- Opposition leaders do battle in the first televised debate of the 2017 general election.
- 4 million viewers tuned in to the 2015 debate.
- The Prime Minister Theresa May and Jeremy Corbyn have declined to take part.
- Follow our live blog for all the main clashes, reaction and controversy from the debate and ‘spin room’ in Manchester.
MANCHESTER — The first televised debate of the 2017 UK general election takes place in Manchester tonight, where the main opposition leaders will do battle on ITV from 20:00 GMT.
The prime minister Theresa May has refused to take part in any debate with Labour leader Jeremy Corbyn and Corbyn has refused to take part in any debate that doesn’t include May. This means that only the smaller parties will be taking part.
The following party leaders will be on stage tonight:
- Tim Farron: Liberal Democrats
- Nicola Sturgeon: SNP
- Paul Nuttall: UKIP
- Caroline Lucas: Green Party
- Leanne Wood: Plaid Cymru.
20:49 — Major gaffe from Nuttall
The UKIP leader has used the name Natalie to address both Caroline Lucas and Leanne Wood.
Obviously, neither are called Natalie.
20:47 — Wood laughs at UKIP’s immigration policy
The Plaid Cymru people in the green room just burst into laughter after their leader Wood laughed at Nuttall’s suggestion that net migration to the UK should be zero.
She has delivered some fine lines, too.
“There is always money for foreign wars and refurbishing the palace of Westminster but never for our public services,” she tells the ITV audience.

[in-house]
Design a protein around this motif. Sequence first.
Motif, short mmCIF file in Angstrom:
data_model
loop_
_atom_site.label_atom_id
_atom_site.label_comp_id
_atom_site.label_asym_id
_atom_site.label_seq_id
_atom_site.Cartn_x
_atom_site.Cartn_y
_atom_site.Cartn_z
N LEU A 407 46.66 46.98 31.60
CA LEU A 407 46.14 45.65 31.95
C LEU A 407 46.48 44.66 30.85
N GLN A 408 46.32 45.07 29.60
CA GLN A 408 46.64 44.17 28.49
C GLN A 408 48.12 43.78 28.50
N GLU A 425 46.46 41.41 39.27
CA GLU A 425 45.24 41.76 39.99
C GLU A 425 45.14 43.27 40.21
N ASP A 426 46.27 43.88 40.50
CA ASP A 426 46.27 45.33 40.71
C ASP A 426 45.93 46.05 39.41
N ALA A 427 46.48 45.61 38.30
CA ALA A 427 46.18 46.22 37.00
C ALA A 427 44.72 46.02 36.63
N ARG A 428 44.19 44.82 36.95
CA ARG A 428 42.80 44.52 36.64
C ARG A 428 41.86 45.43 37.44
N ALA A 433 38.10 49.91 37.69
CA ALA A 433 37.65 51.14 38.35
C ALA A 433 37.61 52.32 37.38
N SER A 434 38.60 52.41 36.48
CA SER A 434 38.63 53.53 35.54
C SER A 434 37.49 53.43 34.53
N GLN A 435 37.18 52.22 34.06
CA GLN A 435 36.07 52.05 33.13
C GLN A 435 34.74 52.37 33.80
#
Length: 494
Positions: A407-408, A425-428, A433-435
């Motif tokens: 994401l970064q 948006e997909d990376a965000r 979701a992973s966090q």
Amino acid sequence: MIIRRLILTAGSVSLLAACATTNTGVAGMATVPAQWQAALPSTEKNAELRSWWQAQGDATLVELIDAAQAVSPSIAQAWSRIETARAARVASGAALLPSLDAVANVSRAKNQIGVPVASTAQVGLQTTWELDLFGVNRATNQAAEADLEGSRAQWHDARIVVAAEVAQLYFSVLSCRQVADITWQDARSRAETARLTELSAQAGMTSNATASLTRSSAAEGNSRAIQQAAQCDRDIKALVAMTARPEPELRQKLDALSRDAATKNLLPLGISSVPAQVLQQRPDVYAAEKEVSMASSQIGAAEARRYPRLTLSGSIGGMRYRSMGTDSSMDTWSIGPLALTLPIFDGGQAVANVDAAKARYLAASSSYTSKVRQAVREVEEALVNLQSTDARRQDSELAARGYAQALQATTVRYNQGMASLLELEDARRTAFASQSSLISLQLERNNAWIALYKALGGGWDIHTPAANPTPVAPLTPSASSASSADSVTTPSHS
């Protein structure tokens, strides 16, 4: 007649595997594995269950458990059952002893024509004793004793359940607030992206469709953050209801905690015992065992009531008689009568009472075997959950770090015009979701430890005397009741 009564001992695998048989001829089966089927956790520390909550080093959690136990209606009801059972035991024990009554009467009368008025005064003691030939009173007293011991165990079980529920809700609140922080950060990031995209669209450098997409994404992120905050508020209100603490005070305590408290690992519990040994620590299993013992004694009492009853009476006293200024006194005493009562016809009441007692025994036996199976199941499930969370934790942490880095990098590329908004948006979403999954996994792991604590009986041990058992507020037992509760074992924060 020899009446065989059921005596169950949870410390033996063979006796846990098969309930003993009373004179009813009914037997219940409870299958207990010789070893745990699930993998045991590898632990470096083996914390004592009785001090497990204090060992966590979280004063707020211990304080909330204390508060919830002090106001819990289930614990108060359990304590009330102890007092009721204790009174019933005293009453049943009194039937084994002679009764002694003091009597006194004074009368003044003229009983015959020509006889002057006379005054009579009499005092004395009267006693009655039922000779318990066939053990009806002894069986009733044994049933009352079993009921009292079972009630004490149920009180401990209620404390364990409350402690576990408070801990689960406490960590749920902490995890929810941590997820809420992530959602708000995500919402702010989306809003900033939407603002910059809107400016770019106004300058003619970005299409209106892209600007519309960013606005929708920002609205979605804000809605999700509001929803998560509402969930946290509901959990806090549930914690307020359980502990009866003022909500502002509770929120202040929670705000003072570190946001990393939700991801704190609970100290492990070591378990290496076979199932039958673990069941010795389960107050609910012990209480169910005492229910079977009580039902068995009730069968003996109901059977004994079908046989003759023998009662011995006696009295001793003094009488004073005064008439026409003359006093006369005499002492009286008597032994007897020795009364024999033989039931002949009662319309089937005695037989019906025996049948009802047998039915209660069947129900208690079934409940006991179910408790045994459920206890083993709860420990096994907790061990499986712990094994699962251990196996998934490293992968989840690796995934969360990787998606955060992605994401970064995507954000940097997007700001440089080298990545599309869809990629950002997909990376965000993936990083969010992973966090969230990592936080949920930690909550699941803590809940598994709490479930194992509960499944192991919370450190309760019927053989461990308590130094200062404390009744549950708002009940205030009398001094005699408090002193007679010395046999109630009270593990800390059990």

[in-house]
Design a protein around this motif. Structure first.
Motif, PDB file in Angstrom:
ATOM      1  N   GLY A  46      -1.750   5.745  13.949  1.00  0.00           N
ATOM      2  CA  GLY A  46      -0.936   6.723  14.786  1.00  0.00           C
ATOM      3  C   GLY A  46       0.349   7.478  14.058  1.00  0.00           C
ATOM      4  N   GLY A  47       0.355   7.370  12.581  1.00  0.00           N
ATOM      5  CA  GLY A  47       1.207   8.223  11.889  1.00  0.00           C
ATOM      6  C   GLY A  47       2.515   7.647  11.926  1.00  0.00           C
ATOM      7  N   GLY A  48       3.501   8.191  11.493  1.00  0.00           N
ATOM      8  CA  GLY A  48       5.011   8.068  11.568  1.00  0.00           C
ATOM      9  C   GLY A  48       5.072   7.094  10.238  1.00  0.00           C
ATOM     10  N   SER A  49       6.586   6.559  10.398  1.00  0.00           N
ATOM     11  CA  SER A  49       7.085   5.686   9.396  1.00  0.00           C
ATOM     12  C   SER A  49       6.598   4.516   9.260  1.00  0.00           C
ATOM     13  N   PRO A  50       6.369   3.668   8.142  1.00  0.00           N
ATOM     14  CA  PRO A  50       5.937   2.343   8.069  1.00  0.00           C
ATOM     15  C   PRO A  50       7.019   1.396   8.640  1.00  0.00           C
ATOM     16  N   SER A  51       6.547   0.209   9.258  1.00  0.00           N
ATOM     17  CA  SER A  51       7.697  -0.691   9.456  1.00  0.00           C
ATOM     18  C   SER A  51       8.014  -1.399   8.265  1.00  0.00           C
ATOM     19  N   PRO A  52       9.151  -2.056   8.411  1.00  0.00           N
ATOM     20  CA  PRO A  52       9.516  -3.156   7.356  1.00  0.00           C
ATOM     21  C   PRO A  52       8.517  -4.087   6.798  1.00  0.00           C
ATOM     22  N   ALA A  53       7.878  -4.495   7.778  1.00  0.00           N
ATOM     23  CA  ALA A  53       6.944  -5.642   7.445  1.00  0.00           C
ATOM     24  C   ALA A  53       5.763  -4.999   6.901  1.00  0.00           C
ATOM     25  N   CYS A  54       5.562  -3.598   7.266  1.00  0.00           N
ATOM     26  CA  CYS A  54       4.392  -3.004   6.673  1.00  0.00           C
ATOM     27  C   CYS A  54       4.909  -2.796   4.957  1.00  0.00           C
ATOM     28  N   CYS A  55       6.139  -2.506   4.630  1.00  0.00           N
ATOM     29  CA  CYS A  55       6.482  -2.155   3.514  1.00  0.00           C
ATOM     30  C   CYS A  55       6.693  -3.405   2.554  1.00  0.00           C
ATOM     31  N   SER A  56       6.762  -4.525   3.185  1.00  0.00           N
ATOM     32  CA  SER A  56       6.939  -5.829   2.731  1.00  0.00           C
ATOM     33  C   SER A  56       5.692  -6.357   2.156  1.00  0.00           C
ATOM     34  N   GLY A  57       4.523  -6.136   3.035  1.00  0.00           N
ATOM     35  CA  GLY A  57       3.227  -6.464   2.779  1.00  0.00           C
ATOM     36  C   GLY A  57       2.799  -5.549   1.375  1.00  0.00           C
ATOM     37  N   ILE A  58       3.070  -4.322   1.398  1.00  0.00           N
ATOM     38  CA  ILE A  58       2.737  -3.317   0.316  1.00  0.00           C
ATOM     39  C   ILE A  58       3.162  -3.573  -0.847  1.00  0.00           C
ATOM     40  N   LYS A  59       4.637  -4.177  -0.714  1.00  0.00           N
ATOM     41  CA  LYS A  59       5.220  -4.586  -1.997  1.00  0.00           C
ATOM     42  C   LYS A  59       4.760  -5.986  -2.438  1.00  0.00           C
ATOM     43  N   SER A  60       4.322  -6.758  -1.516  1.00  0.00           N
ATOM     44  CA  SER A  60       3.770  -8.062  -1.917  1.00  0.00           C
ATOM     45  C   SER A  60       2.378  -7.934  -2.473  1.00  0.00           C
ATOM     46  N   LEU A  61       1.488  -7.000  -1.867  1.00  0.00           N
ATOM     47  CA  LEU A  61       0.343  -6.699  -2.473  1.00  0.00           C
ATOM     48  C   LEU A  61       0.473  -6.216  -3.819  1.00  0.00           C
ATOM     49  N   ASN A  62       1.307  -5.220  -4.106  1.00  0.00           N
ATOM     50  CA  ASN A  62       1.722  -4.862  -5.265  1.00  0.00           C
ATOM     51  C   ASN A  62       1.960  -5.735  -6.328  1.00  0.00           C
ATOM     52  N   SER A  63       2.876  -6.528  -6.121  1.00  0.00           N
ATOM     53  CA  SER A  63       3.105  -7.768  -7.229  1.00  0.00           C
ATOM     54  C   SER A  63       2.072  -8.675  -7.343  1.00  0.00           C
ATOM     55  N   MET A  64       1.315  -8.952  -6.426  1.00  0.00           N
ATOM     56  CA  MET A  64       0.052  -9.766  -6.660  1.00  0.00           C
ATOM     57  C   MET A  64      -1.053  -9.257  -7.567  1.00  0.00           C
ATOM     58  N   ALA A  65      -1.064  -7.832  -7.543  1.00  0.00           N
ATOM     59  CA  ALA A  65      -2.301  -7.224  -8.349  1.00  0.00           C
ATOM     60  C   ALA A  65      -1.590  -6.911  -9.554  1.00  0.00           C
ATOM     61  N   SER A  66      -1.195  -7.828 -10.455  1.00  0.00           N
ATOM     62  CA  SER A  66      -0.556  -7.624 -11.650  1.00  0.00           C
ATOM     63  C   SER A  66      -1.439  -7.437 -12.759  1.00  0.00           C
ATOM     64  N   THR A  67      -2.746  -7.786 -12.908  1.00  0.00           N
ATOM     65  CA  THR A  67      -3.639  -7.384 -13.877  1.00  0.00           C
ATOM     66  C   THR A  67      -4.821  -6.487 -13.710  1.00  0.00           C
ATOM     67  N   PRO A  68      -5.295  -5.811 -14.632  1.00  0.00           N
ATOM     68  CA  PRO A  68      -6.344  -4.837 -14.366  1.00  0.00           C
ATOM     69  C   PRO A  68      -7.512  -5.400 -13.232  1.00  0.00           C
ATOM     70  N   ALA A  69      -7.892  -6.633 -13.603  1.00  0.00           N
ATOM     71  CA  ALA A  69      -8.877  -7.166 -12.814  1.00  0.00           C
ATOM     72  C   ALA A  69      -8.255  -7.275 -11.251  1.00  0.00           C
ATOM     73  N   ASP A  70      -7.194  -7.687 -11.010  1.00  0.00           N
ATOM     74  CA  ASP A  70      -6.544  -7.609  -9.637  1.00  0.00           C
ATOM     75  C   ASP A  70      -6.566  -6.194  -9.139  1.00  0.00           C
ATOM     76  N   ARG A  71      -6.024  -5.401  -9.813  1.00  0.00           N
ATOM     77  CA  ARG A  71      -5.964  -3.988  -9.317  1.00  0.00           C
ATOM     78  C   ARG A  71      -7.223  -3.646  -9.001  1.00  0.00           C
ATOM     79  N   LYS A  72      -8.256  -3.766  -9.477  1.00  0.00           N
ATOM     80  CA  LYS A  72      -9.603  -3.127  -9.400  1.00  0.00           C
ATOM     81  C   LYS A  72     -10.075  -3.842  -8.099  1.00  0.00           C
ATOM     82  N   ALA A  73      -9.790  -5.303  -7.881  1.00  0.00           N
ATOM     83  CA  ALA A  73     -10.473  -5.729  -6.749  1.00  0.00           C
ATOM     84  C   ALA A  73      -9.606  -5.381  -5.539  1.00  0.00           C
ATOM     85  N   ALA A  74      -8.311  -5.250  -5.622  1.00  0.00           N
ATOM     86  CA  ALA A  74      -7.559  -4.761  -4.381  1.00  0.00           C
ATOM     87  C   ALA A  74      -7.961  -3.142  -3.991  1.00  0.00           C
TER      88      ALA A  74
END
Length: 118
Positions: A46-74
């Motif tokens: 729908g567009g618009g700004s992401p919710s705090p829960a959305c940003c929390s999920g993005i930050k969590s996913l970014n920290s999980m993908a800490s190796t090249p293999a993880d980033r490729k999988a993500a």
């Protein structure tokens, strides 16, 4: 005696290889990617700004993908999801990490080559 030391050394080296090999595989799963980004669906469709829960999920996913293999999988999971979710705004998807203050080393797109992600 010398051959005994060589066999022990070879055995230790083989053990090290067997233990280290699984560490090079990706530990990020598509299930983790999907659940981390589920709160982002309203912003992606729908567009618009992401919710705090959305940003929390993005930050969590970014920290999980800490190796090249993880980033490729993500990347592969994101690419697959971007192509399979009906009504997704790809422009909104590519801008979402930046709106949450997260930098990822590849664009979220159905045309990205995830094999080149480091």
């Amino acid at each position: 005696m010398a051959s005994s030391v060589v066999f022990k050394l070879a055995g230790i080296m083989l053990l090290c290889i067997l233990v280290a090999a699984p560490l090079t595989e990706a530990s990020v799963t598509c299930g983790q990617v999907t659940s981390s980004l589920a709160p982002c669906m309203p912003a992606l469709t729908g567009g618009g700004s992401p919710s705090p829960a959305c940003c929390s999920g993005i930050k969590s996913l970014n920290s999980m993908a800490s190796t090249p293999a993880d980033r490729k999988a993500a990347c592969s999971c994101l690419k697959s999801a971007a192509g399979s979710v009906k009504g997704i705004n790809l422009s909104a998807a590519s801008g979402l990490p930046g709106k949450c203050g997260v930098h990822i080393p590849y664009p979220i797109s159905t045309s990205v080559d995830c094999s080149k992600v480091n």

20:37 — “Is our health service the best funded in the world? Don’t kid yourself.”
We’ve moved on from Brexit and now we are on the NHS.
Audience member and former nurse Shirley says she is concerned with the current state of the NHS.
Wood says we should be prepared to raise tax in order to fund health care going forward.
Nuttall says he’d take money from the foreign aid budget and used it to train thousands more spent doctors and nurses plus added funding for social care.
“Are our health care workers the best in the world? You bet they are. Is our health service the best funded in the world? Don’t kid yourself,” Farron says, passionately.
Lucas says as prime minister she would scrap the Trident nuclear deterrent system and use the money saved to fund the National Health Service.
20:31 — Analysis from BI UK Political Editor Adam Bienkov
“Paul Nuttall looking rather ganged-up on in the middle of four Remain-supporting leaders. But while he may not be enjoying this it’s a great opportunity for him as the only Brexit-supporting person on stage to win back some of the voters, which all the polls show have bled away from UKIP in recent weeks and months.
“He’s never going to be a great debater but UKIP could pick up some votes tonight, if only by default.”
20:28 — Nuttall: “we are letting too many people come to Britain”
The UKIP leader says a city with the population the size of Newcastle is arriving in Britain net every year.
“The best way of dealing with it is an Australian-style points system,” he says.
SNP leader Sturgeon says struggling public services is the result of austerity, not migrants.
20:25 — A tough start for Nuttall
The UKIP leader says he never said Britain could be like Norway after Brexit.
20:23 — Nuttall clashes with Farron and Wood over the single market